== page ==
Permalink

0

Can the iPad replace a DVD-player?

Yes, but… In my latest project with iPads I use them instead of a DVD-player in the foreign language classroom. We don’t watch a film or parts of it together as a group, but I have chosen different scenes from the film for different groups to watch. We only watched the beginning of the film together and now the groups have to work on individual scenes and present the content of their scenes to the class. This would not have been possible with an ordinary DVD-player or by watching the film with the help of a computer and a projector, because we would have needed as many of these devices (and DVDs) as groups. Now two students share one iPad and use their own earphones. Like this, every student or pair of students respectively, can watch the scenes as often as they need or want to, and they can rewind and fast forward the scenes individually which is not possible if a whole group watches a film.

However, as one aim of this project is to enhance the students’ ability to understand authentic spoken language supported by visual prompts, which is easier for some and rather difficult for others, it would be helpful if the students could easily activate the subtitles if they feel the need for support because the actors speak too fast or if there is a lot of background noise. This is easily done with an ordinary DVD-player where you can (de-) activate subtitles with only a few clicks. On the iPad we have two completely different versions of the film, one with and one without subtitles, which means that students who would like to have the subtitles for a certain scene have to stop the film and switch to the other version and back again. This is more complicated technically and not very practical, so the students decided at the beginning which version they wanted. Almost all of them chose the one with subtitles, because they felt insecure. But I’m sure that many of them can do without the subtitles and would try this out if it were as easily done on the iPad as on a DVD-player. Besides, on some of the iPads the sound quality is rather bad, probably because the devices are too old and don’t work properly anymore.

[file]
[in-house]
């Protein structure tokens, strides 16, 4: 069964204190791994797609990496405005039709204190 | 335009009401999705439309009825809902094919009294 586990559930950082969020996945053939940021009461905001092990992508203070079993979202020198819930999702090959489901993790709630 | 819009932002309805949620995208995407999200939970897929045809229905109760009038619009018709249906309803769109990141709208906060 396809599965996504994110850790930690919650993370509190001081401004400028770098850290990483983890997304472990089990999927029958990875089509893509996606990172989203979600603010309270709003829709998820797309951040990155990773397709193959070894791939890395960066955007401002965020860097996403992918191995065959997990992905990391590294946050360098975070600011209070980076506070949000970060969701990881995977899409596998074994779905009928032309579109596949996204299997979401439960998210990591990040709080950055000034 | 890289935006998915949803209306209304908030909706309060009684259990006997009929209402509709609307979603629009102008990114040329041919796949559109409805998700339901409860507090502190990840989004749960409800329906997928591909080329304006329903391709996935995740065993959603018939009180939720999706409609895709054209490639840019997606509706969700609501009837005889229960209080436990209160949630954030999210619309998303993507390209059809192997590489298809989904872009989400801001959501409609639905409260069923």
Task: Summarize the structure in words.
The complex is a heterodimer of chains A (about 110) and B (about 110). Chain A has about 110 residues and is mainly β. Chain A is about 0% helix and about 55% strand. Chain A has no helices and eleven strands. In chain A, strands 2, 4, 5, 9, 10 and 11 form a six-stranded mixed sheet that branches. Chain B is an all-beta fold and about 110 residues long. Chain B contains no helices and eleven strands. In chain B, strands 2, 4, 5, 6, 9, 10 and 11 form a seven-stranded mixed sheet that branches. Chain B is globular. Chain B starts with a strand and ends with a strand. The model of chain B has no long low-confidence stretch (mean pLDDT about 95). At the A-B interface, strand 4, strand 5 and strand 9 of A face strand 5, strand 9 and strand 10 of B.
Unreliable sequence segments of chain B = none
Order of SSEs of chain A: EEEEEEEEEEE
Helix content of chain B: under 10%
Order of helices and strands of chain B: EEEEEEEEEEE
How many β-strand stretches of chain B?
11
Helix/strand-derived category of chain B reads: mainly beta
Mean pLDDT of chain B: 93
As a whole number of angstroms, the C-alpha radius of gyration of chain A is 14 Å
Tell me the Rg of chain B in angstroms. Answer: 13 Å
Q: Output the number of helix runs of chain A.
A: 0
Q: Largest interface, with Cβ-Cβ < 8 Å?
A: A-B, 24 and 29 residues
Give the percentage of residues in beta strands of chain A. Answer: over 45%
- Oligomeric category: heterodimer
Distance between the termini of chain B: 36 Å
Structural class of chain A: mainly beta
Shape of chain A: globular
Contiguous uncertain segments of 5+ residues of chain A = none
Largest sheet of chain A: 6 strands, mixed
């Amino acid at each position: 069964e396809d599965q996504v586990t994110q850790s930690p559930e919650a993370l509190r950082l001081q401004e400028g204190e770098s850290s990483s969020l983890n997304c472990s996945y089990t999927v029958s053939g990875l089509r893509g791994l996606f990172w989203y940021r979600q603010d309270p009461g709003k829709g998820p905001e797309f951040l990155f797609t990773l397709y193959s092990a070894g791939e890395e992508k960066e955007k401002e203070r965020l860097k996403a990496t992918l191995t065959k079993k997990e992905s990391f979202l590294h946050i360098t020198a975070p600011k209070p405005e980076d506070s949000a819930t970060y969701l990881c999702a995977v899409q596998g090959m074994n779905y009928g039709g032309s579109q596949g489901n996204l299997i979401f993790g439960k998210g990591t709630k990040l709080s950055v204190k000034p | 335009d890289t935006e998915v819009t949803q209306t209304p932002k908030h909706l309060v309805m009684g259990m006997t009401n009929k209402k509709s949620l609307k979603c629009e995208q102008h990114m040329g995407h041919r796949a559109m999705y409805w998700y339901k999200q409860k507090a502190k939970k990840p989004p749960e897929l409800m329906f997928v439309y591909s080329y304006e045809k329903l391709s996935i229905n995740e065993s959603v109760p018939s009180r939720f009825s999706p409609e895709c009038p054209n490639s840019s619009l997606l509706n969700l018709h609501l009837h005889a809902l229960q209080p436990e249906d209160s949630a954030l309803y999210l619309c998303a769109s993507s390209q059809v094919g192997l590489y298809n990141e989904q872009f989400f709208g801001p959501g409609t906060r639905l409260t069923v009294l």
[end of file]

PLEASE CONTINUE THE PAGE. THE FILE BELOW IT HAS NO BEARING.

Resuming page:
Overall I’m satisfied with the results so far and the students have enjoyed the method, so I would recommend using iPads for this purpose, but there are still some technical shortcomings.

Jutta

Author: Jutta Koril

I'm a teacher for English, German and Drama at Lichtenbergschule Kassel.

Leave a Reply